The benefits of self-sufficient living and growing your own food

There are so many benefits of healthy living in this way, where does one begin? Here are several areas that I feel must be discussed when I try to explain self-sufficient homesteading to others: the body, the mind and the spirit.

Benefits of Growing Your Own Food: Body

Taking time to appreciate a spider in its web while doing garden work is one of the many benefits of growing your own food. (Tracy Schmidt photo)
Taking time to appreciate a spider in its web while doing garden work is one of the many benefits of growing your own food. (Tracy Schmidt photo)

The body physically benefits from eating food grown at home in several ways.

The variety of foods eaten tend to be leaner, healthier foods such as berries, nuts, mushrooms, fish and venison. People practicing self-sufficient living tend to grow organic produce and limit their exposure to processed food.

Many individuals living self-sufficient embrace food preservation: freezing, canning and drying so they can enjoy their locally grown/gathered foods and home grown foods all year long.

Gardeners may choose to garden without pesticides like we do. I use minimally intrusive methods for weeding, like a scuttle hoe (a.k.a. stirrup hoe and shuffle hoe) and my hands.

Another of the body benefits of growing your own food is the exercise that comes naturally. Whether you are weeding your garden, hauling water to your livestock or dragging a deer, a self-sufficient life  is very physical in nature.

Benefits of Growing Your Own Food: Mind

The self-sufficient lifestyle requires planning, strategy and research.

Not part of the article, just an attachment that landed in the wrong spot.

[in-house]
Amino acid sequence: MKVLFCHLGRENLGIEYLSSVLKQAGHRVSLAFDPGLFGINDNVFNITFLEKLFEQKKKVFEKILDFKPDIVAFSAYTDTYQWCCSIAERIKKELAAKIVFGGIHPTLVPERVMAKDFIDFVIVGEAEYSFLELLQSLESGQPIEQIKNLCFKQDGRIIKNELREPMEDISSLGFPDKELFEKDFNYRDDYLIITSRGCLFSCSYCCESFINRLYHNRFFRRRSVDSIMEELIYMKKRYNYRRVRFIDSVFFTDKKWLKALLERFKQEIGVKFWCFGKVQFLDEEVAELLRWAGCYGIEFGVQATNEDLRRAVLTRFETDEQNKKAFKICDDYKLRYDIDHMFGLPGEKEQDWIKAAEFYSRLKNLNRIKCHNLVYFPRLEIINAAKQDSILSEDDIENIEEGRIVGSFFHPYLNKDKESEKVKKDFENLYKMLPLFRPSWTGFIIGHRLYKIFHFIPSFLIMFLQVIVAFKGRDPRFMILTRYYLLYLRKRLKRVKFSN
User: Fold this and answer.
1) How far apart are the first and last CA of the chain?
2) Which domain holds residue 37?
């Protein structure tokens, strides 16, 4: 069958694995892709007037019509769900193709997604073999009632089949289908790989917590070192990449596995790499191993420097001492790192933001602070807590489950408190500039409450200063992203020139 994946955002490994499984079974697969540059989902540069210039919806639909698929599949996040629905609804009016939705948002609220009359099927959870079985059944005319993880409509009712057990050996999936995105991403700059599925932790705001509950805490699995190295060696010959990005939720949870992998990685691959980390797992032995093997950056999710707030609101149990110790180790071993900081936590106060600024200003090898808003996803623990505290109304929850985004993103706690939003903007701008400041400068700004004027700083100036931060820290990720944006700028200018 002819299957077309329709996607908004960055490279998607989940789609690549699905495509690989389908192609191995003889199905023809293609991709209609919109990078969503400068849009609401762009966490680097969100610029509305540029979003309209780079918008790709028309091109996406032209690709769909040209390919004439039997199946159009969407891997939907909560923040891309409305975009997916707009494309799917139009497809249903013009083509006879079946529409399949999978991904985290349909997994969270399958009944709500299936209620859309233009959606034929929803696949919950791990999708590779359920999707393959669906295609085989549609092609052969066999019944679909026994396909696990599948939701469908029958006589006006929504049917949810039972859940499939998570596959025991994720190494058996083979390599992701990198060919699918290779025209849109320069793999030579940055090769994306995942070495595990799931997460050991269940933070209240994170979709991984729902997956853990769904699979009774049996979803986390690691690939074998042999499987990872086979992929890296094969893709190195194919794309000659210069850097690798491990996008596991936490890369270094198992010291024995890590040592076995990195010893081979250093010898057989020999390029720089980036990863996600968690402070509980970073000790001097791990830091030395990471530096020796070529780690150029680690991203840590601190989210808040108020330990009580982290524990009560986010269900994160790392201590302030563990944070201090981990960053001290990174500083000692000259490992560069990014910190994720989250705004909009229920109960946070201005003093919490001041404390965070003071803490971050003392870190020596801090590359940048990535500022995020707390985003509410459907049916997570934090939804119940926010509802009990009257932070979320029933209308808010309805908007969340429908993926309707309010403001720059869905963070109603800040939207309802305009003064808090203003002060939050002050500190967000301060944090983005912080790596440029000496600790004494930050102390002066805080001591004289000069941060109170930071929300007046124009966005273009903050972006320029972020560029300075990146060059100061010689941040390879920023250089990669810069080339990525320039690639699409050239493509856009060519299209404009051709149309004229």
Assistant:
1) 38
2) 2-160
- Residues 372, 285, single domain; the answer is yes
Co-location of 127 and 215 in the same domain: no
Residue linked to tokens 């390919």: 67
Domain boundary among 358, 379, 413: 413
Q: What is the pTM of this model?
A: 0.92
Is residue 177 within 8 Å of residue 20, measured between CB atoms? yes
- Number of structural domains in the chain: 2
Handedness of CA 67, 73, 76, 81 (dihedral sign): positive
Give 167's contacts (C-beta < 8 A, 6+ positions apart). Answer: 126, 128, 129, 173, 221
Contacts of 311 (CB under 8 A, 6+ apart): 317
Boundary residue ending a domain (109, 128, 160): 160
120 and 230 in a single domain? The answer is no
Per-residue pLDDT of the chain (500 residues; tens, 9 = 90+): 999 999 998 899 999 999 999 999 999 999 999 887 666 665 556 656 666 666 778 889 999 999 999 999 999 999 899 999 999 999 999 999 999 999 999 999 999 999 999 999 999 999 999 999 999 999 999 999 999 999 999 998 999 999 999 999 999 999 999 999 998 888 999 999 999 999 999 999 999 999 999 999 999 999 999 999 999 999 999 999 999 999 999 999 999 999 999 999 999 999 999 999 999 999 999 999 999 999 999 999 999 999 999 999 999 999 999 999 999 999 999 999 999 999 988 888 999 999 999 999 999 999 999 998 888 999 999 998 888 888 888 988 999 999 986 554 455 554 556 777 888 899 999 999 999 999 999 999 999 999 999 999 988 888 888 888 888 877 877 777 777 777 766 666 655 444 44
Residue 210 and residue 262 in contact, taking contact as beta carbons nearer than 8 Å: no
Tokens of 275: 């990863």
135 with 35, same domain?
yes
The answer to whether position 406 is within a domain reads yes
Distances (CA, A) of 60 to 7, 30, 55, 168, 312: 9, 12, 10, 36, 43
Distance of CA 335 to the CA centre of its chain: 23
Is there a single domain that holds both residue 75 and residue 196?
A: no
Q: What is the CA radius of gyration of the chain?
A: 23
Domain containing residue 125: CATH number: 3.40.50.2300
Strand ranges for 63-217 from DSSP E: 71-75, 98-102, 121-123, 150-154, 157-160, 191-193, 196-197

You have to understand what resources are available through the seasons. You have to understand how to harvest and gather and preserve those natural materials. You have to understand how to use those resources to your benefit and then understand how to give them back. Composting is a good example.

Learning to hunt and fish successfully takes a lot of strategic thinking, as does planning a garden that will provide enough quantity of food and varieties of food to last throughout the year.

Knowing what types of wood to harvest and burn and how to best dry it is important. Knowing where to store your wood and how long it will take to dry takes thought.

Benefits of Growing Your Own Food: Spirit

The third area effected by self-sufficient homesteading is the spirit. For me, the benefits of living a healthy lifestyle and the peace that comes from knowing your place in the natural world are of primary importance.

When I work all day in my garden and see what is happening around me and how everything in the world somehow magically works I am stunned into silence. I marvel at how the large garden spider has spun a large web in my raspberry patch. It creeps out onto its web as night falls to catch insects. I leave it alone and pick my berries around it and actually look forward to seeing it each twilight. The birds singing in the trees wait for me to finish hoeing so they can look for worms in the freshly worked soil.

When I hunt, I get up early and watch the world come alive at dawn. The birds land on my hat and the squirrels run through the leaves. At dusk I watch dragonflies eating mosquitoes in the field like swarms of helicopters. These things lift my spirit.

What also lifts my spirit is being able to teach my kids how to survive in the real world. The world beyond the TV screen. The world where they know if something happens and the power goes out we have lots of jars of healthy food that they helped grow waiting to be opened. No food fairy from the grocery store required.

For me, self-sufficient living is an amazing life journey. It is about hard work, but its benefits reach far beyond monetary frugality. In short, it is all about quality.


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